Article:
Syria’s government has awarded potentially lucrative oil sector contracts to a mysterious Lebanese shipping outfit and a politically-connected Syrian firm, both linked to the far-flung web of companies helping Iran move oil.
It is the latest example of little-known Lebanese firms engaging in oil deals in neighboring Syria. A number of front companies from the Mediterranean country have been buying oil tankers shipping oil to Syria, while others have helped broker petroleum shipments for Damascus.
The US has ramped up its sanctions against Iran’s oil exports, claiming in September that the IRGC-QF was overseeing the complex web of front companies that has “moved oil worth hundreds of millions of dollars or more” for the benefit of the Syrian government.
Amid this increasing pressure, Syria’s parliament on December 9 ratified draft laws for building and operating two new petroleum refineries as well a contract for expanding the petroleum terminal in Tartous.
Al-Watan newspaper, which is supportive of the Syrian government, reported that Syrian firm Arfada Petroleum and Sallizar Shipping of Lebanon were signatories to these contracts along with Syria’s Oil Ministry and two other state-run organizations.
When asked about the refinery deals, a representative of Sallizar Shipping told Levant Networks that the news report was incorrect, and possibly a “misspelling.” He insisted that Sallizar Shipping was not involved in Syria’s petroleum sector and was instead engaged in cargo shipping in Ukraine and other European markets.
No other firm named Sallizar Shipping, or a similar name, is registered in Lebanon. Corporate documents reviewed by Levant Networks reveal a link between Sallizar Shipping, which was established in December 2018, and another Lebanese firm that recently acquired an Iranian-flagged crude oil tanker.
Mohammed al Madani, one of Sallizar Shipping’s owners, became the chairman and part-owner of Meamed International SAL Offshore in March 2019, according to corporate documents obtained by Levant Networks. Six-months after coming under new ownership, the company acquired the Romina crude oil tanker, shortly after the vessel was renamed and reflagged under Iran.
The US government has issued an alert that included the Romina for its alleged illicit activities, including engaging in ship-to-ship transfers of Iranian petroleum headed to Syria.
While the UN’s International Maritime Organization provides the vessel’s new name and flag in its database, the Romina continues to squawk a Maritime Mobile Service Identity number that labels the vessel under its old name, Marshal Z.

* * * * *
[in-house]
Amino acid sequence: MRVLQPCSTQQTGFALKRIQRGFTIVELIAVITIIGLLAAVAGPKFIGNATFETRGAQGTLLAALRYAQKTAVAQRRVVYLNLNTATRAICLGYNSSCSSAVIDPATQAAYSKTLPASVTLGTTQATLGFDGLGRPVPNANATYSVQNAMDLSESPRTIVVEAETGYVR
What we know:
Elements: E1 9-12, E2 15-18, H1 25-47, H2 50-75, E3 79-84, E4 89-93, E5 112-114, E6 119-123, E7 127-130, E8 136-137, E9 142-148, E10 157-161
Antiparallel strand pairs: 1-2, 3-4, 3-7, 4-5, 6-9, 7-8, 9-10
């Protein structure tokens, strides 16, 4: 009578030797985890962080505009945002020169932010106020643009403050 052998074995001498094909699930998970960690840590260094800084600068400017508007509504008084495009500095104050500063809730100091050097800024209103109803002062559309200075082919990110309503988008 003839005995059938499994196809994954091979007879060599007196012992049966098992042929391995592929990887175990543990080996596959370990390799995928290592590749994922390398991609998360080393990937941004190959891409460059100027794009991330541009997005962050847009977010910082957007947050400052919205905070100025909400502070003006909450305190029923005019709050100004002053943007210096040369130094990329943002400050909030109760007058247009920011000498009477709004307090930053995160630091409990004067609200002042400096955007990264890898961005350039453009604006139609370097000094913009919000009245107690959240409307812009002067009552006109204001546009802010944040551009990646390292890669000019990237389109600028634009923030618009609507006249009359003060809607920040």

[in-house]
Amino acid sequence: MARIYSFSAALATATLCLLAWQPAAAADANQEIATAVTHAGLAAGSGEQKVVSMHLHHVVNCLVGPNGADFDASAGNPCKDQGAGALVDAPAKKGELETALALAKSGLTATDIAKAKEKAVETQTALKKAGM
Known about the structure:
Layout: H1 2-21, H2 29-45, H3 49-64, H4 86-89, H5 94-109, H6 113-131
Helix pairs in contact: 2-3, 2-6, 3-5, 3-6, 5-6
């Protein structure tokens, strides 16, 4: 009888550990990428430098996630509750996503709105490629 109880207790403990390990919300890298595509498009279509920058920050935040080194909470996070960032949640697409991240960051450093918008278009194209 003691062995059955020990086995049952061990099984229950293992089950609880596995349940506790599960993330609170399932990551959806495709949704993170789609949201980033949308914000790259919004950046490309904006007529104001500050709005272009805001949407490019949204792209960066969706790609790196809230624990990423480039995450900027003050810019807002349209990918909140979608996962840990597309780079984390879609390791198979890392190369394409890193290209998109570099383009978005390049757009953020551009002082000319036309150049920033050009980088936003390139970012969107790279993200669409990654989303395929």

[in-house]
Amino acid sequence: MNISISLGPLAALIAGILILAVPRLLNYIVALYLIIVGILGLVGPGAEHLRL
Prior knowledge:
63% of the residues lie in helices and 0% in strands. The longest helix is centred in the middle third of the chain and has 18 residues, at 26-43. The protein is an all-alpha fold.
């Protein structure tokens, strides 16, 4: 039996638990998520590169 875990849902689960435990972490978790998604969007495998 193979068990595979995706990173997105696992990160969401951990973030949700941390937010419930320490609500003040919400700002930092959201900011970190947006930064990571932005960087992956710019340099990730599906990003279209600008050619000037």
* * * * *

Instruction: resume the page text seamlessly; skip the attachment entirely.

One of Madani’s partners in the firm, Rabih Alam, serves a further nexus to the web of intermediaries facilitating Iran’s oil shipments to Syria.
Lebanon’s online corporate register lists Alam as a board member and part-owner of BS Company SAL Offshore, a firm sanctioned by the US as “one of the largest importers of crude oil into Syria.”
In a June 2019 press release, the US accused BS Company SAL Offshore of importing “hundreds of thousands of metric tons of Iranian light crude oil in the past year using a variety of oil tanker vessels and tanker trucks.”
When asked about the deal for new refineries in Syria, BS Company SAL Offshore told Levant Networks that it was a national company that builds Syria and aims to meet the needs of the Syrian people for oil derivatives.
BS Company SAL Offshore did not respond for comment on whether it maintained business ties with Sallizar Shipping or Arfada Petroleum, the contractors for developing the two new refineries.
However, the US has accused BS Company SAL Offshore of being “affiliated” with the Katerji Group conglomerate that includes Arfada Petroleum. The Katerji Group is controlled by rising business kingpin Mohammad Katerji and his brother, Hossam, a member of Syria’s parliament.
Mohammad Katerji “has a strong working relationship with multiple officials within the Government of Syria, to include several contracts with the Syrian Ministry of Oil and Syrian Ministry of Trade,” according to the US.
Syria currently relies on its refineries in the coastal town of Baniyas and Homs to process petroleum — much of it imported from Iran since the government lost control of fields in eastern Syria — and provide gasoline, diesel and other needed products.
Source » levantnetworks